Pinduoduo has usurped Alibaba for the title of China’s most valuable e-commerce company.
On November 29, parent company PDD Holdings’ market capitalization hit 195.9 billion, surpassing Alibaba Group’s 190.5 billion. Although the figures have dipped since then, PDD Holdings remains in the lead.
The news comes after PDD Holdings reported blockbuster third-quarter earnings on November 27, with revenue surging 94 percent YoY to 9.7 billion (68.8 billion RMB) and operating profit increasing 60 percent YoY to 2.3 billion (16.7 billion RMB).
In comparison, revenue at rival Alibaba Group grew far slower at 9 percent YoY to 30.81 billion (224.79 billion RMB) during the same period. Upon the news that the company would not spin off its cloud business, Alibaba’s US-listed shares fell about 8 percent on November 16, with Morgan Stanley downgrading the stock from buy to hold.
PDD Holdings attributed its strong performance to China’s robust demand for consumption upgrades. “It's the balance of quality and price that consumers care most about. Recognizing this trend, we are more confident about our value proposition of more savings and better services,” said co-CEO Chen Lei in a call with investors.
In the three months ended September 30, the Chinese retail and agriculture conglomerate launched special promotions on its flagship platform, Pinduoduo, that are “typically only available a few times a year during major shopping festivals,” according to the company. These campaigns included the National Brand Festival, held in collaboration with over 100 domestic brands, and the Duoduo Harvest Festival, connecting shoppers to 3,000 agricultural merchants.
During this year's Singles' Day, Pinduoduo's 10 billion RMB (1.4 billion) subsidy program attracted over 620 million customers, providing discounts on high-ticket items. The platform’s aggressive pricing strategy, combined with its group-buying feature, is gaining popularity as local consumers tighten their belts.
“Pinduoduo originally engineered a consumer-to-manufacturer (C2M) model that connected suppliers to consumers, with the intent of catering to a lower-spending demographic,” Jacob Cooke, CEO of WPIC Marketing + Technologies, tells Jing Daily.
“Due to economic pressures of the past two years, Pinduoduo has expanded beyond its original target demographic, with many higher-spending consumers coming on the platform to seek savings on everyday essentials. Pinduoduo’s rise is linked to the fact that certain segments of the consumer base are price conscious.”
Like Pinduoduo, Temu has rapidly acquired customers by offering deals that just seem too good to be true (and some of them are just that, with negative reviews and warnings about faulty products aplenty). This is done by exporting Pinduoduo’s C2M model, connecting the same Chinese suppliers to shoppers in over 40 markets around the world.
To set itself apart from competitors, the Boston-based marketplace has created a “borderless discovery and loyalty engine fine-tuned to American shoppers,” magnifying its presence through an army of influencers and user-generated content, says Joanna Williams, co-founder and CEO of Moore Collective, a digital consultancy and fashion startup.
“A core Temu strength lies in the 2x more American creators actively co-creating TikTok content than rival Shein. Beyond superior grassroots traction, Temu promoted over 45 UGC testimonials through paid ads in 30 days, exhibiting their commitment to amplifying authentic community content,” says Williams.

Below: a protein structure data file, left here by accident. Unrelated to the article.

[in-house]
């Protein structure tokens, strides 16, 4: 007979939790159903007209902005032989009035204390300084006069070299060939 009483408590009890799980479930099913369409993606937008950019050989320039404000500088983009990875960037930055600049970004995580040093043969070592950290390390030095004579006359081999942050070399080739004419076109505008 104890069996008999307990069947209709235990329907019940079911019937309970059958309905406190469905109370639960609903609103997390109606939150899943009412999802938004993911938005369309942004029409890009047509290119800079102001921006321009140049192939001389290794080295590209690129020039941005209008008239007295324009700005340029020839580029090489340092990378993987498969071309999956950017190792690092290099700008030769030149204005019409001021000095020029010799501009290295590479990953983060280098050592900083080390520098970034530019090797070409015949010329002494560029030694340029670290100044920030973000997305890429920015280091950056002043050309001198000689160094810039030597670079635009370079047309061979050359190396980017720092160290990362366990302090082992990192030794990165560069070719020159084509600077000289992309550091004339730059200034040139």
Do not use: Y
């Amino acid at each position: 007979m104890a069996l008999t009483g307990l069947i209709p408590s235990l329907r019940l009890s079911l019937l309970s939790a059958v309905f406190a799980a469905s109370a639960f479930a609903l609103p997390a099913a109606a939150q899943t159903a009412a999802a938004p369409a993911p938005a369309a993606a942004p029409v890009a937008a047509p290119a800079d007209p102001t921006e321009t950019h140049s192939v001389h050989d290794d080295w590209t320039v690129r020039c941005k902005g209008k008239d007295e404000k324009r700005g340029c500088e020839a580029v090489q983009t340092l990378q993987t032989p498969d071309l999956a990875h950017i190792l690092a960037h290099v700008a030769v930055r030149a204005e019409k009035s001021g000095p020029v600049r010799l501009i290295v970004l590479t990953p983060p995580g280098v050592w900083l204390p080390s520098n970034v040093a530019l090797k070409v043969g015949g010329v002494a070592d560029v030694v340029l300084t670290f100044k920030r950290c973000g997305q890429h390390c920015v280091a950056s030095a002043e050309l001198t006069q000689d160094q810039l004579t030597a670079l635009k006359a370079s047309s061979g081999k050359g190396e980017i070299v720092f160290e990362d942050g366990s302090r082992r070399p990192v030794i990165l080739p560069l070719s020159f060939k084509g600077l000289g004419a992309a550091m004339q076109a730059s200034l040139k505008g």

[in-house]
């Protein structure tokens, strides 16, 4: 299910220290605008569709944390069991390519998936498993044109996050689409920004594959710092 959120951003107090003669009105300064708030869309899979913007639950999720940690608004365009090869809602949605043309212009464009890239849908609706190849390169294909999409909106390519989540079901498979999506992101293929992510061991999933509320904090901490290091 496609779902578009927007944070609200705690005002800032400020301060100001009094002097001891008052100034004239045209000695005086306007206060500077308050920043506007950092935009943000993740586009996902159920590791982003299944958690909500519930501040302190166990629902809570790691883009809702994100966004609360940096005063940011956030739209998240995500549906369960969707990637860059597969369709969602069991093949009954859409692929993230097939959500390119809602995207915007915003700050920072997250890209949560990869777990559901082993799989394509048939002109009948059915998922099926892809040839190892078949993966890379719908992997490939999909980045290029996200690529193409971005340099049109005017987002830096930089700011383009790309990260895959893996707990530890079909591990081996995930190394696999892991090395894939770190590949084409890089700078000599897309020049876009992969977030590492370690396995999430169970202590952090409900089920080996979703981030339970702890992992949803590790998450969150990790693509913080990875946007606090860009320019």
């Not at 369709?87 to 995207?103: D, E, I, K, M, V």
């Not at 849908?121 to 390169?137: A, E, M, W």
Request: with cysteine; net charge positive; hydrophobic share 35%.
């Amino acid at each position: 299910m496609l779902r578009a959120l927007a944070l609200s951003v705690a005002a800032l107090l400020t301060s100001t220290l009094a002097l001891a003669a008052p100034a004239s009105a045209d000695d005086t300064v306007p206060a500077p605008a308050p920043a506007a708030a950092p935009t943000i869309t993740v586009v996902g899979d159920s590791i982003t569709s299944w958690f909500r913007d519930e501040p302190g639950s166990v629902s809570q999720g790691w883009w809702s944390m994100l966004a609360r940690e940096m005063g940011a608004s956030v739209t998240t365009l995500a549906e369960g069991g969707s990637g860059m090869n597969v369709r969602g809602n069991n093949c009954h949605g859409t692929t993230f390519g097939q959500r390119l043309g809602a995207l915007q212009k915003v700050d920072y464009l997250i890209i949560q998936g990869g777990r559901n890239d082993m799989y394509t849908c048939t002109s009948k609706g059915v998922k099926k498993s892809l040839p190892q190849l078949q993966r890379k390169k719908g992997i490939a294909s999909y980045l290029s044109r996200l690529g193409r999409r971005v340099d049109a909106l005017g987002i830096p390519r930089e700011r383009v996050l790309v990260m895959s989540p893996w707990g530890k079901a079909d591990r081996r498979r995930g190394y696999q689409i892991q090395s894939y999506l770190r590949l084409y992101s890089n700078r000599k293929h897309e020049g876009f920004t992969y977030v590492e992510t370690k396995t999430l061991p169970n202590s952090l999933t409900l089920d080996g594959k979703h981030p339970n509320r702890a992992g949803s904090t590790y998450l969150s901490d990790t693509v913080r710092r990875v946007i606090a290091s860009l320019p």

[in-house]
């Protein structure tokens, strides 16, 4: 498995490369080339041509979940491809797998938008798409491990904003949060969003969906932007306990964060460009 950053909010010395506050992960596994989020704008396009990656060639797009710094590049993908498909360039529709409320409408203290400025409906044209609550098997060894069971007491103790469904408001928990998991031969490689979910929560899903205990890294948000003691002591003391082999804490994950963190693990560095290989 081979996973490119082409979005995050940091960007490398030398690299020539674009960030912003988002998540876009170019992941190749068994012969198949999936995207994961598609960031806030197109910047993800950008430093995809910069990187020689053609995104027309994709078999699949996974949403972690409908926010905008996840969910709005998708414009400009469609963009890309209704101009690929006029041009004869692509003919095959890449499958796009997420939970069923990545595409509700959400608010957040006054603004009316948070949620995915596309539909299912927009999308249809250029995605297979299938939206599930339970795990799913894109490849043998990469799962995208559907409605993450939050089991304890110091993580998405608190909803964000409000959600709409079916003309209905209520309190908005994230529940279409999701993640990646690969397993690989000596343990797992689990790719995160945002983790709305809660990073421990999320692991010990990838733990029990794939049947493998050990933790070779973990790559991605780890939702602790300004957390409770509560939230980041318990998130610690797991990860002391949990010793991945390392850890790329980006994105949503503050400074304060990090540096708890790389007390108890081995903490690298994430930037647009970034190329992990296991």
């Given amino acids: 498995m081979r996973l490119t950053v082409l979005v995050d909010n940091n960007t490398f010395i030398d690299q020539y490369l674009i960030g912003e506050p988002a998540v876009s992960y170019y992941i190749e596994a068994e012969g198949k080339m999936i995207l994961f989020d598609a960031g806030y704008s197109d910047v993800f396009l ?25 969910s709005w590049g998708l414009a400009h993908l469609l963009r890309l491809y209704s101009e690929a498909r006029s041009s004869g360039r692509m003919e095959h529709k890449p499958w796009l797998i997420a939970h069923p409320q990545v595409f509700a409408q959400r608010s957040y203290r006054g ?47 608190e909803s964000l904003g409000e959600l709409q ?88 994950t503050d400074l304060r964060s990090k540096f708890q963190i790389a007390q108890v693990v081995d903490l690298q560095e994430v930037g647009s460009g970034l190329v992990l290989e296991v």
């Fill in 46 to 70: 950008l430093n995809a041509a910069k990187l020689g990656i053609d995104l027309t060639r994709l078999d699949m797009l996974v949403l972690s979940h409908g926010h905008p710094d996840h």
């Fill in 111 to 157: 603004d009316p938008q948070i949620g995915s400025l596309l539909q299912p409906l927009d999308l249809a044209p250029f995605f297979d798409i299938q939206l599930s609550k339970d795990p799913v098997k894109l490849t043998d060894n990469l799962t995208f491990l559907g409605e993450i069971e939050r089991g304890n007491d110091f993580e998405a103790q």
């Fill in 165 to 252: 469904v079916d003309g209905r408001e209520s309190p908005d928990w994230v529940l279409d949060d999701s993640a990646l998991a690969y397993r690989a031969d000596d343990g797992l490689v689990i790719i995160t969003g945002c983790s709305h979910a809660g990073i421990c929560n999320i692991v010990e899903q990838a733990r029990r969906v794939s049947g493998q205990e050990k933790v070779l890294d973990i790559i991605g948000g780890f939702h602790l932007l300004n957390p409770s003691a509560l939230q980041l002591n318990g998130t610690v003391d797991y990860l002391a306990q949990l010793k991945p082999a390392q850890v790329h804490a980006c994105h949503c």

“By pursuing genuine connections with a range of creators, not just transactional celebrity sponsorships, Temu earns peer-to-peer buzz and trust, propelling brand familiarity. This grassroots community building drives awareness and trust in nuanced ways programmatic advertising cannot,” she adds.
According to Bloomberg Second Measure, which analyzes billions of credit and debit card transactions, Temu's revenue in September 2023 was more than double that of Shein. With 250 million downloads as of November 2023, Temu is expected to generate more than 16 billion in revenue this year.
Though not without flaws, Temu and Pinduoduo’s success stems from their ability to capitalize on two trends reshaping the global e-commerce landscape: social commerce and heavy discounting.
With two swelling businesses under its umbrella, PDD Holdings is shaping up to be an attractive buy for investors.
That said, “it’s important to acknowledge that Alibaba continues to maintain a substantial lead in both e-commerce sales and corporate revenues compared to PDD Holdings. The surge in PDD’s market capitalization is due to its impressive growth rate,” Cooke says.
"Alibaba continues to maintain a substantial lead in both e-commerce sales and corporate revenues compared to PDD Holdings. The surge in PDD’s market capitalization is due to its impressive growth rate."
When it comes to brands, he says that Alibaba’s Tmall should remain the cornerstone of a brand’s e-commerce strategy in China.
“Pinduoduo presents challenges for vendors, including stringent return policies, less dynamic ad tools, and a consumer perception that the platform is for cheap goods. There is also a prevalence of fake goods on Pinduoduo,” Cooke explains. “For premium brands, establishing a presence on Pinduoduo could potentially dilute brand equity.”
On the other hand, Alibaba has invested for over a decade in building consumers’ trust, including a system that guarantees authenticity on Tmall, he adds.
Not only should brands be careful about discounting, which can have repercussions on long-term brand value, they should also be discerning about which platforms they partner with. While one marketplace might be gaining steam at the moment, it could have an impact on brand image that outlasts its hype.